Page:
It used to be thought that the depth of the methane hydrates within the ocean floor sediments would delay and perhaps prevent methane release with global warming. This thinking was based on the amount of time it would take for warmth from the overlying ocean to penetrate the sediments, and upon scientific understanding of the physical contours of the methane hydrate deposits. The bottom simulating reflectors (BSRs) that marked the boundary between the overlying hydrate and the underlying free methane closely mimicked the contours of the ocean floor (hence their name), though generally several hundred meters deeper.

These contours were fairly smooth and gently rolling (see the sonar image of the "old" BSR, above, in the Methane and Methane Hydrates, Part 2, section), and the upper boundary of the hydrate was similarly presumed to be relatively smooth. Because this hydrate methane was thought to be located well below the seafloor, it was assumed that heat from global warming would take a long time to penetrate that far, and that any significant release of margin methane would take place at least hundreds (Kvenvolden,1988a), and perhaps thousands of years in the future. Even employing "worst case estimates," little methane release was presumed to be possible, because about 98% of methane hydrate is found in sediment conditions which would require a 4°C (7.2°F) warming to dissociate (Harvey and Huang, 1995).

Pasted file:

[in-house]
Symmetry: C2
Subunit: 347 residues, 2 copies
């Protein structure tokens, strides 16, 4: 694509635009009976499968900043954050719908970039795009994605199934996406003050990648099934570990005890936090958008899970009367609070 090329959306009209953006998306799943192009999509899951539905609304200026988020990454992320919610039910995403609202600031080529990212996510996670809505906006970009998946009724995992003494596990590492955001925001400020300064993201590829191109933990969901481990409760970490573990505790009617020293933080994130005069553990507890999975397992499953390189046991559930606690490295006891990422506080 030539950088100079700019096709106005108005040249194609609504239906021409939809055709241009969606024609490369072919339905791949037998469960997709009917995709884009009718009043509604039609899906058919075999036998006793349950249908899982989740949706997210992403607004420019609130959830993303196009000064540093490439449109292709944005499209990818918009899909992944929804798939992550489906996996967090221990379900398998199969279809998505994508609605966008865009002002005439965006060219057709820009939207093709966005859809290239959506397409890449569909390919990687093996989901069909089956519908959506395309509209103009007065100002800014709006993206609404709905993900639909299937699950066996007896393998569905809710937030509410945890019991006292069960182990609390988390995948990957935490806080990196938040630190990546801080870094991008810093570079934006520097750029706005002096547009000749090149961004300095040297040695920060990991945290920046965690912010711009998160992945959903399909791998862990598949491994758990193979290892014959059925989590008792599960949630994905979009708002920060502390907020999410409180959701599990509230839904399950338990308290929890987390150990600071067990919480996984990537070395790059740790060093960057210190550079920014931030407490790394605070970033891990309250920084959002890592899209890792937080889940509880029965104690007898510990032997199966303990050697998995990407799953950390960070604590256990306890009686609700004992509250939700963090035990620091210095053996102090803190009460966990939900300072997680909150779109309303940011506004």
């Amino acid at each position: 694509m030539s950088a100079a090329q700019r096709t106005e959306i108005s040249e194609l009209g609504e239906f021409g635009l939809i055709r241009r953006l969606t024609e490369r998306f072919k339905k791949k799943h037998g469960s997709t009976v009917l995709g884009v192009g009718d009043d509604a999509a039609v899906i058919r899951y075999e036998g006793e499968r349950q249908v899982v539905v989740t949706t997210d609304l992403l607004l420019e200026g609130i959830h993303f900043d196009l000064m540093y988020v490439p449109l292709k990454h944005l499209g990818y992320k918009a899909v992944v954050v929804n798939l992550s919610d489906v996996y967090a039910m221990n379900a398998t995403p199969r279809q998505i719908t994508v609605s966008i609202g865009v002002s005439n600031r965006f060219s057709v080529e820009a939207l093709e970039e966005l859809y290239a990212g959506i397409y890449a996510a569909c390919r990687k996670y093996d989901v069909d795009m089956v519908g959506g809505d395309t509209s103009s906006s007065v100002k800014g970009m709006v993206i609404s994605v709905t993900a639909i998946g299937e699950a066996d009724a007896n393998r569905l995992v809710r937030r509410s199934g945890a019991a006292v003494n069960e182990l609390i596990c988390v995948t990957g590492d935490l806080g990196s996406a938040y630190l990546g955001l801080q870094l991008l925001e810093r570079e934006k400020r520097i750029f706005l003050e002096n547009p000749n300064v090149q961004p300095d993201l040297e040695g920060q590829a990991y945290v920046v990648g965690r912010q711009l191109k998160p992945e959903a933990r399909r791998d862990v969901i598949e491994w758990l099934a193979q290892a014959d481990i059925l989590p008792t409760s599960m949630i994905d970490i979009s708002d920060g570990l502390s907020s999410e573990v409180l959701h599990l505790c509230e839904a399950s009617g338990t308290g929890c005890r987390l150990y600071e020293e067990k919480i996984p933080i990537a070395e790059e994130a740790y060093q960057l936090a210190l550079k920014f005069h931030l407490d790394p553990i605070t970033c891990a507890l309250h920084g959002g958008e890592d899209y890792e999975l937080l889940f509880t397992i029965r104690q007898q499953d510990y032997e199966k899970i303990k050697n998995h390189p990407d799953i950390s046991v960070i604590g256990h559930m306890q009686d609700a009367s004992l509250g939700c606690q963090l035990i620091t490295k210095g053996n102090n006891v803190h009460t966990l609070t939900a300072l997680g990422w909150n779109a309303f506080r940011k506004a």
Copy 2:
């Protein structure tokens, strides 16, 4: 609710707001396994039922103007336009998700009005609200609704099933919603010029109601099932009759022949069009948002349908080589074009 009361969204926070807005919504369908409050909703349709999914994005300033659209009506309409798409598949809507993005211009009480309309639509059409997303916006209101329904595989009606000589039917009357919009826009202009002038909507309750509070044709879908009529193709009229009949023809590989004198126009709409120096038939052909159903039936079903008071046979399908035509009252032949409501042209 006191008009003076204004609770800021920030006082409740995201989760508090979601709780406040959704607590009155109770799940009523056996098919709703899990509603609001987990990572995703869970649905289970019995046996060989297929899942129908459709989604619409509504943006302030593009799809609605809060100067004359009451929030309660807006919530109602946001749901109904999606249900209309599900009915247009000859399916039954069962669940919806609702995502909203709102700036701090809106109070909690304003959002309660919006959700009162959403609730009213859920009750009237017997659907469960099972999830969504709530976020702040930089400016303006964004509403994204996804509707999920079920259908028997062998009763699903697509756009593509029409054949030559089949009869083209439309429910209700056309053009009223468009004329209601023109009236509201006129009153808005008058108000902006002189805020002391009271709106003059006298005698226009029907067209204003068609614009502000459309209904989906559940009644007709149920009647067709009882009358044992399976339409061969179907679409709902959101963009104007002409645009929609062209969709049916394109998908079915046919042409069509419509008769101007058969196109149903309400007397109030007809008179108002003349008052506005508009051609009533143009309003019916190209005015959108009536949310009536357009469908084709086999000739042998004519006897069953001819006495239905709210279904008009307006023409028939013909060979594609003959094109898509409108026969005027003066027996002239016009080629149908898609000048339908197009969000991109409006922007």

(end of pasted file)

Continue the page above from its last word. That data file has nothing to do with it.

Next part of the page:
Such findings could provide consolation to those concerned about the possibility of a near-term methane catastrophe, were it not for the qualifying statement heading a list of conclusions: "In the absence of fracturing or sediment failure..." (Harvey and Huang, 1995). If fracturing or sediment failure were indeed possible, the comforting conclusions would not be valid. In fact, however, fracturing and slumping (sediment failure) turn out to be the major modes by which large quantities of hydrate methane can be released.

New, more detailed sonar images have completely changed our understanding of BSR topography. Instead of being fairly smooth and gently rolling, the BSR surface is now known to be punctuated with sharp, needle-like peaks, columns, and discontinuous knife-edge ridges, which may extend all the way up to the top of the sediment. These features apparently represent escape routes for free and dissociated methane, which at times follows "chimneys" (the needle-like peaks and columns), and at others follows faults (the knife-edge ridges) through the consolidated sediments (Wood, 2002; Pecher, 2002). [Sonar image from Wood, 2002.]

These escape routes are apparently in regular use. If they were not, we would expect that the free gas below the hydrate would gradually accumulate and build up pressure. Eventually, the pressure would lead to a blowout, and explosive release of the gas from its trap under the hydrate. Though such blowouts may occur occasionally, they are probably not common, because the faults and chimneys allow methane to escape from below the hydrate. The escape routes serve as safety valves.